VICTORIA — When Haley Robben graduated from Victoria High School in 2015, she had every intention of moving to the big city and pursuing career ambitions as a pastry chef.
Much to her surprise, she came to realize how easy it could be to create her own business in her small hometown. After all, everybody in town already knew who she was — and many had sampled her signature frosted sugar cookies.
So this summer, Robben returned to her native Victoria from Lawrence, where she lived while attending culinary classes in the Kansas City metro area. Her home-based bakery, Bakeology, has continued to grow since its establishment last spring.
“I couldn’t be happier with my decision, either. Right away when I moved home, I was like this is definitely the right place for me. It’s good for me. Good for my business,” Robben said. “Part of my reason for coming home was that I saw how fast my business was able to grow without very much effort just because of my clientele base, knowing so many people around here.”
She does most of her business through a Facebook page for Bakeology, which also lists a phone number. Her most popular items include frosted sugar cookies, customized birthday cakes and traditional German favorites, such as heart cookies and spitzbuben.
But Robben says one of her passions is creating new desserts and introducing clients to sweets they’ve never tasted before.
“My biggest goal is to keep the cost as low as I can, because I want people to be able to try new things,” she said. “I remember for a party, they told me I could do whatever I wanted, and that was great. I love those words. And I made chocolate truffles. Nobody at that party had ever had a homemade chocolate truffle before.”
Her love of baking dates back to a young age, and she is quick to give her grandmothers credit for sharing their cooking skills — and their family recipes. Her sugar cookies, she said, come from her grandmother’s “secret recipe.”
Robben is continuing her culinary arts education online, and she works to help keep costs down for customers. She’s careful to buy ingredients on sale at local stores whenever possible, and also has given some traditional favorites a new twist. Instead of thin strips banded together to create the shape of a heart, Robben uses a heart cookie cutter for a different look, which also saves a considerable amount of time — further reducing costs.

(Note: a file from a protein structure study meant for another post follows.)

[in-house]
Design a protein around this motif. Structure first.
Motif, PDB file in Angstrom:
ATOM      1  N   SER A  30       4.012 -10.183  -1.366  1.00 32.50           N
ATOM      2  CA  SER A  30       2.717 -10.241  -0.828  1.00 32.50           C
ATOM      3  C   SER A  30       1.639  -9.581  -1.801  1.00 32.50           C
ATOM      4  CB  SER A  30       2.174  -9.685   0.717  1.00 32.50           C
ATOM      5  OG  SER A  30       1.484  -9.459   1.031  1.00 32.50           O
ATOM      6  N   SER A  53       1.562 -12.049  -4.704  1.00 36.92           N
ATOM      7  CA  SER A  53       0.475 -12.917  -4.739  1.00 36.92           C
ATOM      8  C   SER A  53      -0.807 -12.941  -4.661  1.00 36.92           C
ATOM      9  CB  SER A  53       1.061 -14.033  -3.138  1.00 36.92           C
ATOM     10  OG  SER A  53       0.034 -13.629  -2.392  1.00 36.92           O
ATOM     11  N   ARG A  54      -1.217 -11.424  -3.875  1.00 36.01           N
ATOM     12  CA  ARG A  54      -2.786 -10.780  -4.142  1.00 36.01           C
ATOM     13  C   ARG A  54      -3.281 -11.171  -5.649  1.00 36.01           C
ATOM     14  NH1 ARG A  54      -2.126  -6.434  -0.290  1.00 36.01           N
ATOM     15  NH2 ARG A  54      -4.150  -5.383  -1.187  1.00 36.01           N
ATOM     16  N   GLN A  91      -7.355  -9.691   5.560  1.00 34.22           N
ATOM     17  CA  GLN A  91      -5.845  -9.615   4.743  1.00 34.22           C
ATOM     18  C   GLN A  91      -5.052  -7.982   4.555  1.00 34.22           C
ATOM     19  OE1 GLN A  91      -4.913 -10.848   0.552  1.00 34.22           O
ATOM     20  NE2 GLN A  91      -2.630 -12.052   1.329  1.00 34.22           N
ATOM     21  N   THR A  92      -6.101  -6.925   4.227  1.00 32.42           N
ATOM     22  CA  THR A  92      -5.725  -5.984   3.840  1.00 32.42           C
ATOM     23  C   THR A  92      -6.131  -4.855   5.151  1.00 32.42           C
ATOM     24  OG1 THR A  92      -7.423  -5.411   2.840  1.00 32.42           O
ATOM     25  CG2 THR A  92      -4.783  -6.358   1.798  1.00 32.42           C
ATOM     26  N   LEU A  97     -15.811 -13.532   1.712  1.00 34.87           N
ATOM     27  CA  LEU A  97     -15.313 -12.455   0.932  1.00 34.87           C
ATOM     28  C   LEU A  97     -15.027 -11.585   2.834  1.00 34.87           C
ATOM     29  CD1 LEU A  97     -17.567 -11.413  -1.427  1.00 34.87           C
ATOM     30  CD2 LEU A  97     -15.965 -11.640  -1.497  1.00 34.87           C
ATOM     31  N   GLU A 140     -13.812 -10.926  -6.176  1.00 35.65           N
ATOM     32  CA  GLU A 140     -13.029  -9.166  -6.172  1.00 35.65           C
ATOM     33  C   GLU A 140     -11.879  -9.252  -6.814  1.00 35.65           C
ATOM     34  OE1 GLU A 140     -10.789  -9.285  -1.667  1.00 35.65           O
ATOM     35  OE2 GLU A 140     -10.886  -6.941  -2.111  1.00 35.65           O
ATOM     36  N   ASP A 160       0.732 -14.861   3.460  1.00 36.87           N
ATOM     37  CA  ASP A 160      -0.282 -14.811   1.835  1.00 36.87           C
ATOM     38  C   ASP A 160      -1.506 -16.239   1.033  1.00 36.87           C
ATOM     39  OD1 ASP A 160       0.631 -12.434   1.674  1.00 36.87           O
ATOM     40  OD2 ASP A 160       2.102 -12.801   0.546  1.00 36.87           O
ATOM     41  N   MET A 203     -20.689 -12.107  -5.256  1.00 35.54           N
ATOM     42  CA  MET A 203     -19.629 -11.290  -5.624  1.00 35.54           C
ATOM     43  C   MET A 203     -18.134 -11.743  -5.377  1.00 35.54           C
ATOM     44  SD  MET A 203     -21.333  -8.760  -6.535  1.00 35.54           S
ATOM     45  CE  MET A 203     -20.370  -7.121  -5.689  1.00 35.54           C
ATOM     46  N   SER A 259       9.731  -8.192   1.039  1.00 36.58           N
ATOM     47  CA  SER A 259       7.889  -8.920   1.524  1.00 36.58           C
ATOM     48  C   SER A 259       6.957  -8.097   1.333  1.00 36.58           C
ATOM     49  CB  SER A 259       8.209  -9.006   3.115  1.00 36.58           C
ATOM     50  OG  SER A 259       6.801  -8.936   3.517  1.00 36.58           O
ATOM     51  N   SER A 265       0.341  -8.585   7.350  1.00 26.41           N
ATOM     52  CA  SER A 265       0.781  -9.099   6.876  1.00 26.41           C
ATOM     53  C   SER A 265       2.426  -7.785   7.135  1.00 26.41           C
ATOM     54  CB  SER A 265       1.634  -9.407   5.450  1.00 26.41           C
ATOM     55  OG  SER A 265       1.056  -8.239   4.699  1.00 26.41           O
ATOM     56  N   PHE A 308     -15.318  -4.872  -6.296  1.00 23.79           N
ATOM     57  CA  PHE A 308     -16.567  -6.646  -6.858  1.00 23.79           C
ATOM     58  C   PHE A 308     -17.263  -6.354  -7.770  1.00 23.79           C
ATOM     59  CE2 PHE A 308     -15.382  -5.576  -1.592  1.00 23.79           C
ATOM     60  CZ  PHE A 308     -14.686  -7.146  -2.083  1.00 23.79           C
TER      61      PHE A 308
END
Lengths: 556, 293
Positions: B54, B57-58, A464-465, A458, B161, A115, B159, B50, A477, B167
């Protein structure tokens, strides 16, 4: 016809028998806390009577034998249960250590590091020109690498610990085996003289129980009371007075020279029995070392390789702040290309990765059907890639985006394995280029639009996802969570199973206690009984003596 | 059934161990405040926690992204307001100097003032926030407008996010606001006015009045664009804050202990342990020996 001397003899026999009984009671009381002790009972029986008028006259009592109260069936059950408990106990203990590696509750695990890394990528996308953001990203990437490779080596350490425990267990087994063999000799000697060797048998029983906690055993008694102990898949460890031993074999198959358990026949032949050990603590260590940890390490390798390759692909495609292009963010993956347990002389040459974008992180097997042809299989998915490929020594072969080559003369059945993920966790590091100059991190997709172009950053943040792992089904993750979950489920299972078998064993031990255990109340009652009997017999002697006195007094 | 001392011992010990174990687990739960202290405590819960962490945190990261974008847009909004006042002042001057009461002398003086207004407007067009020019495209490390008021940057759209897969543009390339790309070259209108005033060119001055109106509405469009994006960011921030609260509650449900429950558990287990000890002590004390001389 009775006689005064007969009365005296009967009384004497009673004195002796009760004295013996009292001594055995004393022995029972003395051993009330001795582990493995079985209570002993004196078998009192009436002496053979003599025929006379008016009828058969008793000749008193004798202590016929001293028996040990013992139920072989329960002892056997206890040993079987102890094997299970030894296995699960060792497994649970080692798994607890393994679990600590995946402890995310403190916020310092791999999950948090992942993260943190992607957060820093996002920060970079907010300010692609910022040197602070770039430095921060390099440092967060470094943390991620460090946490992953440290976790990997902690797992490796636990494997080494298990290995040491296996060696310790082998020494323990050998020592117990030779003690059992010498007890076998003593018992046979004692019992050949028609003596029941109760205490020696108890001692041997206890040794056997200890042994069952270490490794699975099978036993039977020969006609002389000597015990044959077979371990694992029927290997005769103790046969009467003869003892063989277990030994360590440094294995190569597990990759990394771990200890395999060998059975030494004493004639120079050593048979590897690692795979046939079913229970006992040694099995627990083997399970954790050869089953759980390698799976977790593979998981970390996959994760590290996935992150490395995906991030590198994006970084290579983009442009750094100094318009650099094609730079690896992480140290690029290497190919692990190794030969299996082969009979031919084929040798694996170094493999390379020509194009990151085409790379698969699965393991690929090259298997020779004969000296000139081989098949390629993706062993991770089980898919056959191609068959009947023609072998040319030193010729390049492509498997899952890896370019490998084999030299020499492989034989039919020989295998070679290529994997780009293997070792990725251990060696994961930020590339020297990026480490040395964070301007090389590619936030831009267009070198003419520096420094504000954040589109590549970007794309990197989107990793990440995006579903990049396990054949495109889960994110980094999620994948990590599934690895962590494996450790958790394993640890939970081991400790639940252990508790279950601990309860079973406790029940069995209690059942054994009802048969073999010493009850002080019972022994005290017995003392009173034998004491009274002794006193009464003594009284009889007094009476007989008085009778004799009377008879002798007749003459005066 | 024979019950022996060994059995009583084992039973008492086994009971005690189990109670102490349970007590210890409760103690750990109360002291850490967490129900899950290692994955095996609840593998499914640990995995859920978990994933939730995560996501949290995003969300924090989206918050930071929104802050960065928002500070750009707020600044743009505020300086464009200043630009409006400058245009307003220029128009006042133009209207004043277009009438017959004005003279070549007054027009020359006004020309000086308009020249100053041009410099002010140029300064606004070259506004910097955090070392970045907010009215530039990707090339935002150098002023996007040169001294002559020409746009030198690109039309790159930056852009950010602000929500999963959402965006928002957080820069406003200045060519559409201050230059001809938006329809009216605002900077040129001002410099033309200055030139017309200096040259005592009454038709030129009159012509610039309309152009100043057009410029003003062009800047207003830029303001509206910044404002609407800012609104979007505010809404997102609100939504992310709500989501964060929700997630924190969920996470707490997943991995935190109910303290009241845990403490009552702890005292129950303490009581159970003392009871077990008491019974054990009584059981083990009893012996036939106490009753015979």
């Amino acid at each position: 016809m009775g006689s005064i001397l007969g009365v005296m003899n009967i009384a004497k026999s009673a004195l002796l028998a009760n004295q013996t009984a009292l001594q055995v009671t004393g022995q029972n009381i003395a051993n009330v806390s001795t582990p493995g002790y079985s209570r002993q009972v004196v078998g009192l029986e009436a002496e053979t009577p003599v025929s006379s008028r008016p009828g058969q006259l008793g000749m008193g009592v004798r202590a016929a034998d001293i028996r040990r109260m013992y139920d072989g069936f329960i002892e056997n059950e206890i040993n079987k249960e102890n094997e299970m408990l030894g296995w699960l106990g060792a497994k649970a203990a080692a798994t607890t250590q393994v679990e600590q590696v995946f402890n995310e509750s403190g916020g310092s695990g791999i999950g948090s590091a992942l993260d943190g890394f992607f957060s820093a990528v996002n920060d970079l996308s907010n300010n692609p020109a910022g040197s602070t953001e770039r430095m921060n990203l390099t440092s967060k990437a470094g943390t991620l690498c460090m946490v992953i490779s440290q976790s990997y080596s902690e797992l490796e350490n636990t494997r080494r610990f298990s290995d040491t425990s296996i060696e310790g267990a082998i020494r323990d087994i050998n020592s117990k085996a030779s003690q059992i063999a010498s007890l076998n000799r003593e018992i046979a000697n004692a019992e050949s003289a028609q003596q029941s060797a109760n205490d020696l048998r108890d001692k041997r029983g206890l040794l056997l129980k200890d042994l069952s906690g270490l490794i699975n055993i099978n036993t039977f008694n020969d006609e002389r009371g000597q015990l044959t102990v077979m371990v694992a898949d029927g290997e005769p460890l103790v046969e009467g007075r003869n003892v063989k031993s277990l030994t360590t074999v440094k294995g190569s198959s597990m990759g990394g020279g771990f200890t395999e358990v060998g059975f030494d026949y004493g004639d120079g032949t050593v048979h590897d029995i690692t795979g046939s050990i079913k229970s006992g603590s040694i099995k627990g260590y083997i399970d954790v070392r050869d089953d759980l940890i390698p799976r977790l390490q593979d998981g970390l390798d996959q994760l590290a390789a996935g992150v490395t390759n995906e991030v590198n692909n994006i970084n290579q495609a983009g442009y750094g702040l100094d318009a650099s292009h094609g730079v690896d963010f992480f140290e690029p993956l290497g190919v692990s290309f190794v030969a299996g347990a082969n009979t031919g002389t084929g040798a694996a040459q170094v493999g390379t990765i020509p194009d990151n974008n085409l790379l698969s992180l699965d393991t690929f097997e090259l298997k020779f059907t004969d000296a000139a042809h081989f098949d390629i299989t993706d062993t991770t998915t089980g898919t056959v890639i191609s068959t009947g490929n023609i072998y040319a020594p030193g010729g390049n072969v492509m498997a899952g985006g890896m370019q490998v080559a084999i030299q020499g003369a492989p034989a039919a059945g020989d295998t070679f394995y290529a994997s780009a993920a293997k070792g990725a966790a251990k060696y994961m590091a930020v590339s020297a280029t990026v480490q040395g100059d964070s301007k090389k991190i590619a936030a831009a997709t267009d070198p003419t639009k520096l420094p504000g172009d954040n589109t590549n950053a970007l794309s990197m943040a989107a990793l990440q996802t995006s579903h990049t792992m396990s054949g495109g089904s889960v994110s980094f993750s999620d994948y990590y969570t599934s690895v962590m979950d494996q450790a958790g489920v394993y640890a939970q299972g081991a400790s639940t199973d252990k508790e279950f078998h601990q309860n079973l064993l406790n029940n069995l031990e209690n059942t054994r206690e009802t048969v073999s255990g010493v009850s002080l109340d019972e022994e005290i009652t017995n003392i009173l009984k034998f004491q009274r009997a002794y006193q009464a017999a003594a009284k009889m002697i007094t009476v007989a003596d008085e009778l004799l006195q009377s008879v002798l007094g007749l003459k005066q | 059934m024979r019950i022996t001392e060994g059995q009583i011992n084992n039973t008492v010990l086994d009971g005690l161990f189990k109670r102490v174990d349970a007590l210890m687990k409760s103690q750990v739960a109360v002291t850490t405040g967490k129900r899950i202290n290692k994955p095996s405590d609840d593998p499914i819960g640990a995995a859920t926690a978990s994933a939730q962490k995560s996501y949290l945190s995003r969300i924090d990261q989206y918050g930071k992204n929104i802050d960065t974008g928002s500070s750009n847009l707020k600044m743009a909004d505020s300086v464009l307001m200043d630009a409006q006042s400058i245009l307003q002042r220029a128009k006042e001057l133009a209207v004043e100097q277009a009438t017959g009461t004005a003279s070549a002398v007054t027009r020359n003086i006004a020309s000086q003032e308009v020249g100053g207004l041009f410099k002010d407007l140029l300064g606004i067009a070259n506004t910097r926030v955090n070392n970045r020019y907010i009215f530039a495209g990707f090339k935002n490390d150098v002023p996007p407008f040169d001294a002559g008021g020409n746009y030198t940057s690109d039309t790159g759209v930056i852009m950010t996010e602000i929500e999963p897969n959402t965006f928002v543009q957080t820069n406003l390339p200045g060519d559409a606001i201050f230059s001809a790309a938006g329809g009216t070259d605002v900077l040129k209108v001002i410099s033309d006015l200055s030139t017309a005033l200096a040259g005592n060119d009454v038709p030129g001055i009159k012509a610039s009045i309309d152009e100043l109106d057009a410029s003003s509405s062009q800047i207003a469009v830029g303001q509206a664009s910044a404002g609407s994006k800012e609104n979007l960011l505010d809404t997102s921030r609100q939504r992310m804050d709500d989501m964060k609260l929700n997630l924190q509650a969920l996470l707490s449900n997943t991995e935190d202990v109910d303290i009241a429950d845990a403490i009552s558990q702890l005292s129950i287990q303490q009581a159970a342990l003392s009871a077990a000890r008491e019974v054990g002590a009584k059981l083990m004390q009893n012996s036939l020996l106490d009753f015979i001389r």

“When I first started making the hearts like this, it really threw a lot of people off,” she said. “They were like, ‘What are those? They aren’t shaped like the traditional hearts.’ But when you have orders for like 30 dozen during the holiday season, I don’t have time to shape out each one of them, and I’m way too particular.”
When she decided to move home, Robben said everything just “fell into her lap.” A unique home — located in a refurbished storefront — became available for rent and has provided her with an idyllic kitchen and spacious covered patio, which she recently used to host a holiday cookie decorating class. She enjoys interacting with her customers and helping them improve their own baking skills, and said she hopes to teach more classes there in the future.
Her home also is near Victoria Elementary School, where Robben works as a paraeducator. And it’s a happy coincidence she’s now running a home-based business from a home that used to be a business.
“When we first opened, a lot of people thought we were going to turn that front half into a store,” Robben said. “Which is something I’m tossing around, but I don’t really know yet for sure. I don’t have a specific end plan for this yet.”
Robben does plan to finish culinary school this spring, with an emphasis in pastry. She also plans to keep serving up sweet new treats for her customers.
The holiday season was especially busy for Bakeology. On a cold December afternoon, Robben could be found in her kitchen, surrounded by boxes of sugar cookies to frost and plates of red velvet, chocolate peppermint and butter ball cookies.
She estimated she would be baking at least 75 dozen cookies to fill customer orders around the Christmas holidays.
“The numbers are getting higher and higher all the time,” Robben said. “But it’s good. I love when my kitchen is full.”